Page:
Saturday, December 20, 2014

Lessons of The Eschatology Code

This is the start of an occasional series of posts about the lessons one can draw from specific Strange adventures.  I will dig into the material to see what we can glean from how Monte Cook Games writes its adventures that can help us write our own home games.

I will start with the Eschatology Code.  I had the pleasure of running this at Gencon last summer with several different groups.  The adventure was the "launch" scenario for system, so it seems like a good place to start.

NOTE:  I will avoid spoilers where possible.

Marjan Krebelj -- HTML Code [flickr]

Wednesday, December 17, 2014

13th Age Backgrounds as Skills in the Cypher System

One of the larger transitions from Dungeons and Dragons or Pathfinder to the Cypher System is the way that it handles skills.  In the former systems, skills are detailed and have a relatively narrow range of applications.  These skills are drawn from a specific list that is tailored to the experience of the game (say a high fantasy adventure game).

The Cypher System takes a different approach.  While there are lists of suggested skills, the lists are open-ended.  Instead of having a narrowly defined application (or set of applications) for the skills, the skills are defined in play.  You can invoke them when they may assist you with a particular challenge -- and the boundaries of application are up to your table.  This is a relatively open approach to skills.  For a related discussion see  Marc Plourde's discussion of skill systems on his blog Inspiration Strikes!.  The recent fantasy RPG 13th Age provides an interesting approach to skills that may inspire your own character development with The Strange or other Cypher System games.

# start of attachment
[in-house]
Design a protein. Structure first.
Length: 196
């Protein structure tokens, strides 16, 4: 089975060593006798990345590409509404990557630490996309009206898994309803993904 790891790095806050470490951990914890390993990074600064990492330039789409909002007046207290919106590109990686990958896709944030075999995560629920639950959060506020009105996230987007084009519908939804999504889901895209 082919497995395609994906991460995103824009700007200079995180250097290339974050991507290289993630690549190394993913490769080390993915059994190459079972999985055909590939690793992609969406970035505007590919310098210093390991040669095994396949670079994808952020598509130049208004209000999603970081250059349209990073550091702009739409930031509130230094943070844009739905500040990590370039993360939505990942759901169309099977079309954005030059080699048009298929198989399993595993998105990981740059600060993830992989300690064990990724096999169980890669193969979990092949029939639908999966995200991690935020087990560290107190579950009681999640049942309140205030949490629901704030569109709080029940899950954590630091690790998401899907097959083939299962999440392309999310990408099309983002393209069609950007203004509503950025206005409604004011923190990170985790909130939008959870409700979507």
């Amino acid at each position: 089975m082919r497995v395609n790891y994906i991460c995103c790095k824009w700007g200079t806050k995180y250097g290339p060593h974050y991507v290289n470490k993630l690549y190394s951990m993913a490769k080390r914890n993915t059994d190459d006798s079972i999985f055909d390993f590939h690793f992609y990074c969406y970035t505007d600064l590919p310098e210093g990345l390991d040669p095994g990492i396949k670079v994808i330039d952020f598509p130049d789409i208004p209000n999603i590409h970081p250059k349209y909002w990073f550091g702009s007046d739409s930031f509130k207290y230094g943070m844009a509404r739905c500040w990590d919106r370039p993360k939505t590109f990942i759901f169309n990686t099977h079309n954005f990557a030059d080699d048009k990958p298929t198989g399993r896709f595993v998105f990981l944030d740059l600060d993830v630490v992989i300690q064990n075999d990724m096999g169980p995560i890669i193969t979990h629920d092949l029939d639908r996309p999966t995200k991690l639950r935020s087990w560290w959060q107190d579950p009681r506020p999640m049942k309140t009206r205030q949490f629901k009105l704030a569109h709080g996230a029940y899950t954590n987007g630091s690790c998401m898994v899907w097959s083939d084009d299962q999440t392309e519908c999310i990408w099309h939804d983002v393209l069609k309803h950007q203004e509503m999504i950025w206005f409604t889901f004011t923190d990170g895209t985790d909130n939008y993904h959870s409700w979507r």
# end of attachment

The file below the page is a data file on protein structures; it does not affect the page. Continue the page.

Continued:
Thursday, December 11, 2014

Non-Combat Encounters in the Cypher System

The recent discussion of the role of combat in the Cypher system has touched on a subject I have been considering for awhile -- since before there was a Cypher system, really.  People have long suggested that role playing should include more than combat.  There were many complaints about DnD 4e (a game I played quite a bit, and enjoyed) that the system privileged combat over social interaction and exploration.  It was into this dialogue that the Numenera kickstarter included a great deal of language about how the game rewarded discovery rather than combat.  Did this language over-sell Numenera's non-combat options?

Investigation -- by Paul Vladuchick (flickr)